The concept of Medicare for all has become popular with Democrats: 81 percent support it, according to a recent Kaiser poll. Yet voter opposition to surrendering the insurance they are used to led to a backlash over President Barack Obama’s repeated promise that “if you like your plan, you can keep your plan” after it proved false for several million people under his health law. Many Democrats are keenly aware of that backlash, and the 2020 presidential race will be the first where many of the party’s leading candidates will have to explain and defend the meaning of Medicare for all.

For now, as Ms. [Elizabeth] Warren demonstrated, many candidates do not want to wrestle publicly with the details. After Ms. [Kamala] Harris’s comment [saying she would support terminating private health insurance], her aides hastened to add that she would also support less sweeping changes to health care; like most other candidates, Ms. Harris declined an interview request. And by Friday, Mr. Booker, hours after announcing his presidential bid, sought to curtail the matter by offering a brisk “no” when asked if he supported eliminating private coverage.”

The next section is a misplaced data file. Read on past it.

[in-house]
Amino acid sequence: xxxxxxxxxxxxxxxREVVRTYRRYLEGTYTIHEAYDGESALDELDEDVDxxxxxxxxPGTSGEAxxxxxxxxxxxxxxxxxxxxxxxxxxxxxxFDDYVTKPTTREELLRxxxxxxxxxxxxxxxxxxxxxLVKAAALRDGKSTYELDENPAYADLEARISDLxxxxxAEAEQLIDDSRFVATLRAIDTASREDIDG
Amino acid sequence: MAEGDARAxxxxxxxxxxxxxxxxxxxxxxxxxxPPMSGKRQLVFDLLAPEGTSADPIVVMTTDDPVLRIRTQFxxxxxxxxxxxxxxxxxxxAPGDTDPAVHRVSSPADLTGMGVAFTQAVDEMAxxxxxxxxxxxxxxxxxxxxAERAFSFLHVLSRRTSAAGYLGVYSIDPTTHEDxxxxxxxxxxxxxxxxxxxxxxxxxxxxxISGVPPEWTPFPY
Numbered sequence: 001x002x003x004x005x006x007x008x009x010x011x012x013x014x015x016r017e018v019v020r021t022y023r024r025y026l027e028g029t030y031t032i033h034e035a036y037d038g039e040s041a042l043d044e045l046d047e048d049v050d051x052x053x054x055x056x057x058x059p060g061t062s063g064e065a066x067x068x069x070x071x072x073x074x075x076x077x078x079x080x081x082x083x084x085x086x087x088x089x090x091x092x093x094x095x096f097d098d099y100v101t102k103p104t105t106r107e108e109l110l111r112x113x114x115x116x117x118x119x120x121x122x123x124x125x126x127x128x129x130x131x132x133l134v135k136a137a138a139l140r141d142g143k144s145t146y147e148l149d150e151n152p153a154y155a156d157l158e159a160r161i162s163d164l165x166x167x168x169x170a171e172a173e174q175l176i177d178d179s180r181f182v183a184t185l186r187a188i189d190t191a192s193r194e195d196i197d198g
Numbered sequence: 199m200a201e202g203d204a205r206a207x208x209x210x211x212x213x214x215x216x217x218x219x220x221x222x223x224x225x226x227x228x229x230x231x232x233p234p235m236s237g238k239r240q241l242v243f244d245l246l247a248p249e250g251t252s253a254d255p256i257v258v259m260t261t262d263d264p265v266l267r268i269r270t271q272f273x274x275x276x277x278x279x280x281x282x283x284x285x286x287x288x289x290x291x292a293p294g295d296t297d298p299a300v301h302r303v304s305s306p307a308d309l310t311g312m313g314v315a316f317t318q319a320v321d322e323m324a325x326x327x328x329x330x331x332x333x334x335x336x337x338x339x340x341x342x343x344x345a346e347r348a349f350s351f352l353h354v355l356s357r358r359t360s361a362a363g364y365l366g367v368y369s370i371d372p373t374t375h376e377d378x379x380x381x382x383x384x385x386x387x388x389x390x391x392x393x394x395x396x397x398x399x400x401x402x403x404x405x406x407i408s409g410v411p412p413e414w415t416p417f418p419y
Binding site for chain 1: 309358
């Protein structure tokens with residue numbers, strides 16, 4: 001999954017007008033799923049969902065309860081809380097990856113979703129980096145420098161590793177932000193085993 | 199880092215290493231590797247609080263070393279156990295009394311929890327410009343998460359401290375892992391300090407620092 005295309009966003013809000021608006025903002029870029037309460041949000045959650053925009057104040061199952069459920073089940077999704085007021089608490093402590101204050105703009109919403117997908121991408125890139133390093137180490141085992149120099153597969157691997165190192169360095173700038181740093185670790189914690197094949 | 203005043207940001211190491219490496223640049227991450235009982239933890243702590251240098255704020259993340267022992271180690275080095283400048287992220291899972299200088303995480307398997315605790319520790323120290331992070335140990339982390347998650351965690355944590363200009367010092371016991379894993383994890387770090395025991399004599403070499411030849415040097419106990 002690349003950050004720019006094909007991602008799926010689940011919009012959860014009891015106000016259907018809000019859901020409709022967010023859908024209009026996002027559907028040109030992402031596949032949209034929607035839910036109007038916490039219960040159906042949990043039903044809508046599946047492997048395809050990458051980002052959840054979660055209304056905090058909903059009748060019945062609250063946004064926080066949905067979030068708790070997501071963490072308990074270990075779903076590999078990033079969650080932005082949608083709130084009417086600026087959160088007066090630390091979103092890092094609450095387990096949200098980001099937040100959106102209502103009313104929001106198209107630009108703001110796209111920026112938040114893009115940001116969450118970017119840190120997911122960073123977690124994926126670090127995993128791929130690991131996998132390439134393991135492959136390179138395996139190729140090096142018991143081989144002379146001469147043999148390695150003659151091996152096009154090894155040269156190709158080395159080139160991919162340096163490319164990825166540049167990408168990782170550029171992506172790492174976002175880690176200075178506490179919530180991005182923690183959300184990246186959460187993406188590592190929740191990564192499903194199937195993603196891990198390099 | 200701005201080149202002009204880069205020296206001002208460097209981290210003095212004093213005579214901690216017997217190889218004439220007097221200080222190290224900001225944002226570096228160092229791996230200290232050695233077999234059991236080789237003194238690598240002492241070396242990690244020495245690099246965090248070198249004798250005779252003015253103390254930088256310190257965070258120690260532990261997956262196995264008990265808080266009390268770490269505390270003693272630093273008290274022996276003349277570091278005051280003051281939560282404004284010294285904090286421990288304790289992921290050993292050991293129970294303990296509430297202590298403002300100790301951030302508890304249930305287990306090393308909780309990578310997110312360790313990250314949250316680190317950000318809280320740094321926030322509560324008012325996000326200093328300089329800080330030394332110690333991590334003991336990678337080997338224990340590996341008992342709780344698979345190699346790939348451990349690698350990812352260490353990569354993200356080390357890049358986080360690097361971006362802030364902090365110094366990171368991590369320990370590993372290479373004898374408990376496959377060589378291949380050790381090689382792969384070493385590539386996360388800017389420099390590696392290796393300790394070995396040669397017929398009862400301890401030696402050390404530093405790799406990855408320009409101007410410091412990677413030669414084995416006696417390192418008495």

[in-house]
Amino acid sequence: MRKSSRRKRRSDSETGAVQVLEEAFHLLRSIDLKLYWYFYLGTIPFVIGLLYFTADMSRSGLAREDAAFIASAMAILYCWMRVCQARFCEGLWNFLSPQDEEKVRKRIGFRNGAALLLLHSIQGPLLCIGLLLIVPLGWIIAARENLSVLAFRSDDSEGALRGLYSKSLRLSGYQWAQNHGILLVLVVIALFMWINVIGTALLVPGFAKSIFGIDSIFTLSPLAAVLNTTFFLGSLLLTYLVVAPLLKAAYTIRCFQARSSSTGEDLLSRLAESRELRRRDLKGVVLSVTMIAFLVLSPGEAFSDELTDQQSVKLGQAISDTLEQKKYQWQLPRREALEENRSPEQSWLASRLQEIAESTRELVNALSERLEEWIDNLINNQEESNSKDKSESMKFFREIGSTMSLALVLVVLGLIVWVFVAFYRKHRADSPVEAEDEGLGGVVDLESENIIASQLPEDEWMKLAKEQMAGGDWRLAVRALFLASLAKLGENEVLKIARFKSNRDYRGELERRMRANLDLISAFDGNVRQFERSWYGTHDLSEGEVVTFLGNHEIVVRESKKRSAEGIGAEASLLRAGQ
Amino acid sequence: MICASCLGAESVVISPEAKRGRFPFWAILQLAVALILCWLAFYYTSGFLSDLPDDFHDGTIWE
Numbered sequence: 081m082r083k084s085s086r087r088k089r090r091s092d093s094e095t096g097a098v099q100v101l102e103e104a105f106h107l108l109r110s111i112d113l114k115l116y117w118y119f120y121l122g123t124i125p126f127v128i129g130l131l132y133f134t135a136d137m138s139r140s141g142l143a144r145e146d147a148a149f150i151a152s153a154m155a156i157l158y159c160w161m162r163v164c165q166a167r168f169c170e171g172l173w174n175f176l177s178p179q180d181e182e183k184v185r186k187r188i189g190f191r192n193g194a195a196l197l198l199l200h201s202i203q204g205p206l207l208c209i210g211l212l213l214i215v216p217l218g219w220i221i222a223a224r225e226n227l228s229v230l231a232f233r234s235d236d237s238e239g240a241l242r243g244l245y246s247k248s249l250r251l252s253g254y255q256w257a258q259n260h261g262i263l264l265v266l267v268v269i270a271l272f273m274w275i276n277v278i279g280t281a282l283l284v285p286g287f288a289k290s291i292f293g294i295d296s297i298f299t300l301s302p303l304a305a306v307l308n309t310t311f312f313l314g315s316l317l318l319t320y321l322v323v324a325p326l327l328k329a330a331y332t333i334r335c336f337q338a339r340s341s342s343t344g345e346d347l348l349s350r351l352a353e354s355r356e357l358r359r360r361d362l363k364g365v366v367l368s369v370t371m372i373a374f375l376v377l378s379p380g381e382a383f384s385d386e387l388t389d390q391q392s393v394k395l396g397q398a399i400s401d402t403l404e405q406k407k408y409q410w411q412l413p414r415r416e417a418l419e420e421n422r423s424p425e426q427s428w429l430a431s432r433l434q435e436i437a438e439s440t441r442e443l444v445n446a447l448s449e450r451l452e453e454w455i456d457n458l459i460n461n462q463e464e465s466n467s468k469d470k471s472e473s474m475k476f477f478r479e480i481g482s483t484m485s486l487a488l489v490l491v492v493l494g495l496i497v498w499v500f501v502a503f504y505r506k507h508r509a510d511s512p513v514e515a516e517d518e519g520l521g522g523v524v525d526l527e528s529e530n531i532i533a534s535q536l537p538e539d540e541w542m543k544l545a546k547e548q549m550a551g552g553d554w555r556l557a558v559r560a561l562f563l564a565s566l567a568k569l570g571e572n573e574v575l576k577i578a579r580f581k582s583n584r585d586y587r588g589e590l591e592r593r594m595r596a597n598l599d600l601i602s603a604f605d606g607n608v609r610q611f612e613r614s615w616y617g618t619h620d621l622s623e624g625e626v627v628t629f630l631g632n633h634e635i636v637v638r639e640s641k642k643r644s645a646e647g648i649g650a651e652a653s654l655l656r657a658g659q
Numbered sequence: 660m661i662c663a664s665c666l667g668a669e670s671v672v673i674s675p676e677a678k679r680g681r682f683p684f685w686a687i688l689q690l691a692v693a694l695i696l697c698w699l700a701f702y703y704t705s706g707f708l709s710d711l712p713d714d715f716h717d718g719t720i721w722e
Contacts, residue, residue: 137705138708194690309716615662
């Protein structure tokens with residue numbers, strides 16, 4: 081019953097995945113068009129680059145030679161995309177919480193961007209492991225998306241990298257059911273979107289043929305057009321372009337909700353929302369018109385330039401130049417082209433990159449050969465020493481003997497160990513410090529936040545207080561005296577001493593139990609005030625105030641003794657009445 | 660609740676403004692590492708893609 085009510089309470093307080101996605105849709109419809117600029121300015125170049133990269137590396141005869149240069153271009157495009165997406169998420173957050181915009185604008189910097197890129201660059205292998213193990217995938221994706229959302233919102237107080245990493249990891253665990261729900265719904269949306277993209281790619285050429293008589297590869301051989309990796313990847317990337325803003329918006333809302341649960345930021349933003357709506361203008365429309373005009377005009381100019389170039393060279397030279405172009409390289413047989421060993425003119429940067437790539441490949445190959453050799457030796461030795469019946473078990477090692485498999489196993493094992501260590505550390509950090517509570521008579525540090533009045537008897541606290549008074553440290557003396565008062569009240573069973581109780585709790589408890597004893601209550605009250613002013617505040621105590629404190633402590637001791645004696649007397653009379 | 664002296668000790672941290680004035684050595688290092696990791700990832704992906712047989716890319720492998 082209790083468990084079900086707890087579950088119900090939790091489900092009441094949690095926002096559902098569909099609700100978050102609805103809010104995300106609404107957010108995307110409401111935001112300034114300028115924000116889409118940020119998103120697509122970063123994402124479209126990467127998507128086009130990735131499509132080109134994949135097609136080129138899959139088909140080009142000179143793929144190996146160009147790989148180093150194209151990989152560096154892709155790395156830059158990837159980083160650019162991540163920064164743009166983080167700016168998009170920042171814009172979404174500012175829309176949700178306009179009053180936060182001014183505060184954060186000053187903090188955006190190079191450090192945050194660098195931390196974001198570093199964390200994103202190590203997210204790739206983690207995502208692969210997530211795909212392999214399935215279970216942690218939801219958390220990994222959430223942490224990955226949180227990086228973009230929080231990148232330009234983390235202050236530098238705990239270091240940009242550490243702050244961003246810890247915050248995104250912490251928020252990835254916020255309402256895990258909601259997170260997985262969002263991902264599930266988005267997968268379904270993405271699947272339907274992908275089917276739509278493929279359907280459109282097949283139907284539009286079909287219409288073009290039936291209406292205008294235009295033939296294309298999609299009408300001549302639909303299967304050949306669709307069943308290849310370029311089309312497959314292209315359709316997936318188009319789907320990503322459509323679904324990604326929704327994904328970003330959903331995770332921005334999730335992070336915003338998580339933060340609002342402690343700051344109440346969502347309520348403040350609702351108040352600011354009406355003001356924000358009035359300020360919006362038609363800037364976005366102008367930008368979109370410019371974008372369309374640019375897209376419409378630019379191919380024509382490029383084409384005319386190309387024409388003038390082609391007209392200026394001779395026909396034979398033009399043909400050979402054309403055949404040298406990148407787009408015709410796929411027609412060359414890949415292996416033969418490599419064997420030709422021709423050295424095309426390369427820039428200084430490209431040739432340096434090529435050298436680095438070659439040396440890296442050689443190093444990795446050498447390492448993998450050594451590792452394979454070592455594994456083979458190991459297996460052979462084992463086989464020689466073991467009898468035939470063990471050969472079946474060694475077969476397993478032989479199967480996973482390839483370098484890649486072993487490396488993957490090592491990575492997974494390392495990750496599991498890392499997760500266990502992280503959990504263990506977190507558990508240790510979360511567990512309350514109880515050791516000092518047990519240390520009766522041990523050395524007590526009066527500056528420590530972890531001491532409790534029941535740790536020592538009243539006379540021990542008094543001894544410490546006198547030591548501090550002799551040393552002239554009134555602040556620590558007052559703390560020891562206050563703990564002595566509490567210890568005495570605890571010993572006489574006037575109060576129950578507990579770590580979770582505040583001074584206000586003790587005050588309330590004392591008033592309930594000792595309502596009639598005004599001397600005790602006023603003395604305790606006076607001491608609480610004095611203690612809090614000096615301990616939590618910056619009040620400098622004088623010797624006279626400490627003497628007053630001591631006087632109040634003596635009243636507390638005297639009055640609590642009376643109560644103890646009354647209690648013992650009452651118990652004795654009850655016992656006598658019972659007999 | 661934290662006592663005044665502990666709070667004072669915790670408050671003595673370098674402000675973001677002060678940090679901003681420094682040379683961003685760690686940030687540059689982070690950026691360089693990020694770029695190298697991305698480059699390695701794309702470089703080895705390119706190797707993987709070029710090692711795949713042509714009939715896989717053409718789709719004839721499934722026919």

Vox’s Sarah Kliff and Dylan Scott report that the umbrella term of Medicare for All in reality covers eight different bills from Democratic representatives, all of which fluctuate in their emphasis on taxation, employer-sponsored insurance, and regulating premiums and healthcare prices. For many on the left, candidates such as Sen. Cory Booker and Kamala Harris’ inconsistencies on Medicare for All will be seen as a sign of their insincerity, but I think it’s as much a sign of a party currently in flux over how best to propose these forms of major policy without being seen as overly ambitious or contrastingly, timid, or whether to pursue them at all. I see this kind of coverage as a form of healthy challenge to the likes of Sen. Booker, Sen. Elizabeth Warren, and Sen. Harris’ own positions on Medicare for All. Even Sen. Sanders should be held to account over the viability of this bill, especially considering the complex conclusions from his own state of Vermont’s failure to maintain single-payer healthcare. As we know, a lot can change in two years, and if the party is to continue down this path, it will need to unite behind a coherent plan for healthcare reform.